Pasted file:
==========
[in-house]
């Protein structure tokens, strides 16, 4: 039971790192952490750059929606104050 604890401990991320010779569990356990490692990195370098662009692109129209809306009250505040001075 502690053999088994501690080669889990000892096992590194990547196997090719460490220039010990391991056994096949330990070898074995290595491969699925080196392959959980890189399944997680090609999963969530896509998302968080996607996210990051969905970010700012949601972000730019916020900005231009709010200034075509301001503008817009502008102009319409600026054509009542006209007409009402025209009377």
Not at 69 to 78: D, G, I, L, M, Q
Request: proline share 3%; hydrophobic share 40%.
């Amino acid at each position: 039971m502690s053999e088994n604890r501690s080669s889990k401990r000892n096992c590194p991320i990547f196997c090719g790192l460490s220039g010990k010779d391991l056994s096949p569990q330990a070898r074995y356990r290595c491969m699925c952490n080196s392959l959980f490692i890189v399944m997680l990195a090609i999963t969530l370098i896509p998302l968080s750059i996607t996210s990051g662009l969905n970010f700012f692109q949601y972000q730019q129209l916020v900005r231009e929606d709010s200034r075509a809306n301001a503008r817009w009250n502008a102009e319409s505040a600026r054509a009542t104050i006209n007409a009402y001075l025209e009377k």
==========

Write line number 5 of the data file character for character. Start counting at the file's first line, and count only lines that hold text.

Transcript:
């Amino acid at each position: 039971m502690s053999e088994n604890r501690s080669s889990k401990r000892n096992c590194p991320i990547f196997c090719g790192l460490s220039g010990k010779d391991l056994s096949p569990q330990a070898r074995y356990r290595c491969m699925c952490n080196s392959l959980f490692i890189v399944m997680l990195a090609i999963t969530l370098i896509p998302l968080s750059i996607t996210s990051g662009l969905n970010f700012f692109q949601y972000q730019q129209l916020v900005r231009e929606d709010s200034r075509a809306n301001a503008r817009w009250n502008a102009e319409s505040a600026r054509a009542t104050i006209n007409a009402y001075l025209e009377k």